Wednesday, January 12, 2011

Super Mario Bros.' Perfect Pack

You know how when you’ve been working on a complex or difficult problem, and you’re engaged in some “mindless activity,” allowing your brain to ferment some solutions and ideas related to that problem? Usually, it’s taking a walk, taking a shower, or baking your favorite brownies for the hundredth time. And the problem doesn’t even have to be game design related, it could be trying to figure out how to make a meal out of the scraps you have left on the night before you get your next paycheck. Anyway, today, I chose an unusual mindless activity: playing the original Super Mario Bros. video game.

Well, I was being stubbornly optimistic that playing Super Mario Bros. can be an effective mindless activity. I was trying to figure out what to do next as a Magic designer on the public side of The Great Designer Search 2. The fourth challenge (creating the perfect booster pack) had just been judged, the fifth challenge was announced, and I was thinking, “O.K. …There’s lots of stuff going on now. People are talking about the judge’s comments and how to go about the fifth challenge. Should I dive right into those conversations? Should I do a blog post about how I would go about this challenge like I did for how to create a perfect booster pack for the fourth challenge? I’m not even familiar with intro packs myself, so it’d take some research to even get started on this monster of a challenge!” So, what I did was end up writing this post, which doesn’t even have anything to do with challenge five. It has to do with challenge four, actually.

A quick aside: It’s not all that crazy to consider that I’d be using little brainpower when playing Super Mario Bros. Some stats: I’ve beaten the game multiple times, my best speed run is less than seven minutes, and I’ve beaten the first level while blindfolded. So, it’s safe to say that, unlike the average person, when I play Super Mario Bros., more of my brainpower will be spent, consciously or subconsciously, on difficult problems that are on my mind. The question is whether or it’s enough to consider “playing Super Mario Bros.” in the same ballpark as effective mindless activities such as “showering” and “toilet-ing.”

Nonetheless, I was playing Super Mario Bros. and got a game over. I returned to the title screen. Some seconds later, the “attract mode” started playing (Well, it’s in the style of arcade games’ attract modes, even though, in console games’ case, the game has already been bought and doesn’t need to attract attention to itself). That’s when some example gameplay is shown for some amount of seconds. And I discovered that there are two different types of gameplay examples for Super Mario Bros., both switching off to the other after each return to the title screen and subsequent wait of a few seconds.  And one of them is a horrible example. So, let’s pretend that one doesn’t exist.

However, the other gameplay example was perfect in that it showed all of what the player needs to know about the basic gameplay of Super Mario Bros. That’s when I realized that creating the perfect booster pack of your set is just like creating the perfect gameplay example shown during the “attract mode” of arcade games. One wants you to buy more cards of the set while the other wants you to insert your quarters. They both demonstrate the gameplay mechanics and try to get you excited about the game/set. So, then, I paid close attention to the “good” gameplay example and this is what it showed me:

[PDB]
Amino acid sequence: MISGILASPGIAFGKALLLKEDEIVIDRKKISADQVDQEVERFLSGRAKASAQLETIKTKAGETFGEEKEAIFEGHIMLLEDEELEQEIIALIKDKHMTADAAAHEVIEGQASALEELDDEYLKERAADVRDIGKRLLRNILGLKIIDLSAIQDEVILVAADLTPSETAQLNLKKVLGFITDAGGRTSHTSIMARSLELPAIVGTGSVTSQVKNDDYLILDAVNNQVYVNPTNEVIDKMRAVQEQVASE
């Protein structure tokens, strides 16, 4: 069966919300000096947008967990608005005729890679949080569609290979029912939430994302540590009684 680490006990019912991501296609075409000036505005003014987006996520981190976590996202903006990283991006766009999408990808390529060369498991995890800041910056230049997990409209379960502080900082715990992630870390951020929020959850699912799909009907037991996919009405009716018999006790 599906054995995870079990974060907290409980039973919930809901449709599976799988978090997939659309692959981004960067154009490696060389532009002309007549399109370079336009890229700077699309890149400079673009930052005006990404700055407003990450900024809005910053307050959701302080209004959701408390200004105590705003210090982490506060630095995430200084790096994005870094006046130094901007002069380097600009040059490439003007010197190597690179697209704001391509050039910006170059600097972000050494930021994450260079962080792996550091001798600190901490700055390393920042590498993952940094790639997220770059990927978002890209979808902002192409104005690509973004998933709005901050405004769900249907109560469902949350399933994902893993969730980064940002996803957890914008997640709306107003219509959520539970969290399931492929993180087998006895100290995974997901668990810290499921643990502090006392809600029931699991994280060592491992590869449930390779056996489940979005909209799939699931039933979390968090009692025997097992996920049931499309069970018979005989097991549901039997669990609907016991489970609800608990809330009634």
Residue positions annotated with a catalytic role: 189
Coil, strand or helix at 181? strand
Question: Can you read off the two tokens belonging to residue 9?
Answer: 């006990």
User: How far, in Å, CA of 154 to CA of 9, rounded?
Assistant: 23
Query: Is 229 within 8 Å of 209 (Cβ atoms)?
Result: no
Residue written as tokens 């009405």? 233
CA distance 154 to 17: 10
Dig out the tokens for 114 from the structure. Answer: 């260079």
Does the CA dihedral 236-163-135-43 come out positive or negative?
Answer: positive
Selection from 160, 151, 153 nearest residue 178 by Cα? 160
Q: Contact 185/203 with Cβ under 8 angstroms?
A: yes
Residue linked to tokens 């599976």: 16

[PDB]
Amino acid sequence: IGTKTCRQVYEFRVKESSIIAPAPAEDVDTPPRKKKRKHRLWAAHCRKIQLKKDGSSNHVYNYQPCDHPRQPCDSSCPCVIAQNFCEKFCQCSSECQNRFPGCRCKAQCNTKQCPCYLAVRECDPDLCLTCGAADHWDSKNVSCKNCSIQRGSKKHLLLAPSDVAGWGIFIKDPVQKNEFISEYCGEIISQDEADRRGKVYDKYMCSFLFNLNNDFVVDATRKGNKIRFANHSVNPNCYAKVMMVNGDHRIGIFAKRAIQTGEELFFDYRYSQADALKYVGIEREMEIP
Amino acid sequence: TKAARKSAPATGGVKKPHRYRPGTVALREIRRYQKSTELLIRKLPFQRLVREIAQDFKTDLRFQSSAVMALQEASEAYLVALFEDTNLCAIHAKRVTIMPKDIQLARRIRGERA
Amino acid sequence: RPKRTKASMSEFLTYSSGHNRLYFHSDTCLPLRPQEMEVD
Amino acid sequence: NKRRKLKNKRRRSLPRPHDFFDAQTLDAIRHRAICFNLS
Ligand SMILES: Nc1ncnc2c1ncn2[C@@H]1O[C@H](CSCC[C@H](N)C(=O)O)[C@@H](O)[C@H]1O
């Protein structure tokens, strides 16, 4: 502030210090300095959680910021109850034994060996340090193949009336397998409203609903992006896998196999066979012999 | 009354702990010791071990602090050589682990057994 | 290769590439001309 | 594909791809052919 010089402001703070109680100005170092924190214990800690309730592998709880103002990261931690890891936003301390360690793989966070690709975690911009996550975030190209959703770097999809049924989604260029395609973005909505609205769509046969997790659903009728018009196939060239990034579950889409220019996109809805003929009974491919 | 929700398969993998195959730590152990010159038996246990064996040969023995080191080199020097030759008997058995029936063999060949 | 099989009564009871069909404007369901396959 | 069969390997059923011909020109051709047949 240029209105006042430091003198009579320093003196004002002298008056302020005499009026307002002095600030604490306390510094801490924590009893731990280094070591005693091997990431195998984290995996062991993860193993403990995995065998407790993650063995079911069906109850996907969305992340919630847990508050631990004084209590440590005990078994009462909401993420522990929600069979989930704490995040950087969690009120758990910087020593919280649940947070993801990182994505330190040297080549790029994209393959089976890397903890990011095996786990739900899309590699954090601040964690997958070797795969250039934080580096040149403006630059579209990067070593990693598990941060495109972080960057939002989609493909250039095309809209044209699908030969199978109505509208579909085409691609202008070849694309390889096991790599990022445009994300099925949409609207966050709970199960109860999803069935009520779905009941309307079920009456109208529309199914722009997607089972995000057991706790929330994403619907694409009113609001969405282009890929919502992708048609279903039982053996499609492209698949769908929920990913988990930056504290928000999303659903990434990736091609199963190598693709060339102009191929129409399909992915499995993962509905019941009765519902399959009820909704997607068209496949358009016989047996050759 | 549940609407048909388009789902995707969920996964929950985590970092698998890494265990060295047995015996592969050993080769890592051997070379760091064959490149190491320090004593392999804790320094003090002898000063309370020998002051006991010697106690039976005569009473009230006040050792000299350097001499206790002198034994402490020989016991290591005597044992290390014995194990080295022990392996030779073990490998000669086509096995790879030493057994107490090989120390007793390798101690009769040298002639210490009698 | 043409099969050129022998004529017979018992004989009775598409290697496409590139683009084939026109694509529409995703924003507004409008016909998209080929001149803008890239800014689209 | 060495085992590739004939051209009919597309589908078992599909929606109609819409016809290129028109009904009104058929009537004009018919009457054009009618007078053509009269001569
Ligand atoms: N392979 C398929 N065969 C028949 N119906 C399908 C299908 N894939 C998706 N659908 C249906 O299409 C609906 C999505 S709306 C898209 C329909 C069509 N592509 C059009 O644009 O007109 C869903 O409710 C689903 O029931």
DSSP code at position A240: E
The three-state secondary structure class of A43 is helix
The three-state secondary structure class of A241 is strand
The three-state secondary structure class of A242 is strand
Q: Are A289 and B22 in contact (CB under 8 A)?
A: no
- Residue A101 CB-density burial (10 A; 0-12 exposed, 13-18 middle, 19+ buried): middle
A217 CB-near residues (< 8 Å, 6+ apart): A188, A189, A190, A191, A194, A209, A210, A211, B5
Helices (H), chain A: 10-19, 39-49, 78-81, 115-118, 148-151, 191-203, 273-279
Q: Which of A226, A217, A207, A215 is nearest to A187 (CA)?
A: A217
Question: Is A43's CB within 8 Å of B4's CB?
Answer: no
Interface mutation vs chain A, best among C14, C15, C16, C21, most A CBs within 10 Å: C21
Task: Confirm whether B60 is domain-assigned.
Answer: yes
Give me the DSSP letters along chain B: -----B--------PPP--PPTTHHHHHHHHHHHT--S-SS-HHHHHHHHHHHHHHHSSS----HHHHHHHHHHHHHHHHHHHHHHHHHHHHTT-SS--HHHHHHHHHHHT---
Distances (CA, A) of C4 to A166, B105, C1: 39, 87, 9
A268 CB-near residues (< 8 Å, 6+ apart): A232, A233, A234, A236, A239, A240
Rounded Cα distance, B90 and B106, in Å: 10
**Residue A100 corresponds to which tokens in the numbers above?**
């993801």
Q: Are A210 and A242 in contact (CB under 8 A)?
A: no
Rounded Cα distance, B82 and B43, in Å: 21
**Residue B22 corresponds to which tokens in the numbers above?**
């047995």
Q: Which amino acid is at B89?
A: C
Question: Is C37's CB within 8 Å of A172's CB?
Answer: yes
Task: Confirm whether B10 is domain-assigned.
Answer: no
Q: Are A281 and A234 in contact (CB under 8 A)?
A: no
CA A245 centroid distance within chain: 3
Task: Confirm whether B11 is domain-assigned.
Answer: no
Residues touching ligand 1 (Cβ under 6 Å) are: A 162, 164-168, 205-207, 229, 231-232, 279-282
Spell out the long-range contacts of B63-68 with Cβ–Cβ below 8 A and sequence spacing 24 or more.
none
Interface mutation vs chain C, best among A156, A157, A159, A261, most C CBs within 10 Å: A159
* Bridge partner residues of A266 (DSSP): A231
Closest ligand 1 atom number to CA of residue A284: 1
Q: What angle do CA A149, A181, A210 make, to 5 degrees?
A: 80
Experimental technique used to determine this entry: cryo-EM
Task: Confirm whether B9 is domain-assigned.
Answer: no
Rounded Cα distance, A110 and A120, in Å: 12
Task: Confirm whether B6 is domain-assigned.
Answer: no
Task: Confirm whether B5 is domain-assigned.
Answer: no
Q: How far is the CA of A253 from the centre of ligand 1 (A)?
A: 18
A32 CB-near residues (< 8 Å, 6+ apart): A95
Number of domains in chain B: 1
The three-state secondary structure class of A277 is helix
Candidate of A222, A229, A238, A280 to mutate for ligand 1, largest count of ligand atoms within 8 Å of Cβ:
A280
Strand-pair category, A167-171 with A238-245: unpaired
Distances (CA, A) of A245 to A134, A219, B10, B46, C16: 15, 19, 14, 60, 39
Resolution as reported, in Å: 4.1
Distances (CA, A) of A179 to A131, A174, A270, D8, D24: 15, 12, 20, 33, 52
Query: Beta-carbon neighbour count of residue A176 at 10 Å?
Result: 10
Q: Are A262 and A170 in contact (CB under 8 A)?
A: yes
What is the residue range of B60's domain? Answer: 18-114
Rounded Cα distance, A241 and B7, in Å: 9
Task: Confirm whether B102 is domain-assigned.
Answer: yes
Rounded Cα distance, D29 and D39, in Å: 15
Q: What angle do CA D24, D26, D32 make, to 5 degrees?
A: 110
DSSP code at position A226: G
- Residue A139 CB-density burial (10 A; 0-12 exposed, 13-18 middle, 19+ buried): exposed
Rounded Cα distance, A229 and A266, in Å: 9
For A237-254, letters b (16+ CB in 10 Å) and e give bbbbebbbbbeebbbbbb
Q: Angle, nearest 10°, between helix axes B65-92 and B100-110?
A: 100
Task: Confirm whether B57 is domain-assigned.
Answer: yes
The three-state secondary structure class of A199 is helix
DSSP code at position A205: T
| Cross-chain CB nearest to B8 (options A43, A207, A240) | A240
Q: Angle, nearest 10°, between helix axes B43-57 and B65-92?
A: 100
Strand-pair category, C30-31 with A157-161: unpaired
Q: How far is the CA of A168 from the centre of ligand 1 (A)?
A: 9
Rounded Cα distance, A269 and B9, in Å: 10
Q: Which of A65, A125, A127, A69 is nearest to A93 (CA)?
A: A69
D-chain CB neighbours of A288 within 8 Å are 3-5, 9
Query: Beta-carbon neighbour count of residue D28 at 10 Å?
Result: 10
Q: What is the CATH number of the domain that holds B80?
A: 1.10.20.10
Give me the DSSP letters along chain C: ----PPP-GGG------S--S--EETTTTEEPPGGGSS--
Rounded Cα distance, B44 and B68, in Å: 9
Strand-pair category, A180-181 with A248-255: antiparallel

·         I can walk forward and backward.
·         I can jump.
·         I can jump into a block with a question mark and a coin can come out of it.
·         I can jump onto a walking brown mushroom dude with an angry face and squish him.
·         I can walk on top of the floating brick and question mark blocks, which may help me reach even higher-up coin blocks.
·         A sliding mushroom can come out of a coin block. If I touch it, it will make me double in size.
·         Letting an angry-faced mushroom dude touch me while big makes me smaller.
·         Letting an angry-faced mushroom dude touch me while I’m small is a Bad Thing™. It looks like it ends my game.
·         I can’t walk left and make the screen scroll left. Once I scroll forward, there’s no scrolling back.

As “cards”, they’d look like (in order of appearance): Walk Forward, Jump, Hit Block for Coin, Walk Backward, Jump Onto Angry Mushroom Dude, Hit Block for Sliding Mushroom,  Walk on Blocks, Mushroom Makes You Bigger, Reach Higher Block to Hit By Standing on Other Blocks, Can’t Walk Backward, Touching Angry Mushroom Dude While Big Makes You Small, Touching Angry Mushroom Dude While Small Ends The Game

And that’s pretty much what Super Mario Bros. is all about. All that in about twenty seconds. Sure, there’s more to it, but that’s part of the discovery part of the game, like in Magic. There’s some stuff not explained like whether you can break brick blocks or go down a pipe, though. If I was a new player and played more into Mario, I would discover bottomless pits, other enemies besides goombas, other types of levels, other power-ups, secrets (like the especially awesome warp pipes), bowser battles, the fact that there’s a princess to save but is in another castle, …and another, …and yet another. And whatever else I didn’t mention.

So, what can we conclude now? For you video game developers, make sure your “attract mode” gameplay accurately represents each element of the game’s gameplay, if you’re ever going to include one (Well, you’d be silly to not make one of these if you’re making an arcade game!) For you Magic designers, umm… well, now you can feel that feeling of reading something differently related to Magic design? It’s more like an “I’ve made an interesting observation that correlates two different game mediums, by jove!” And I’d be twiddling my mustache. If I had one respectable enough. Yeah.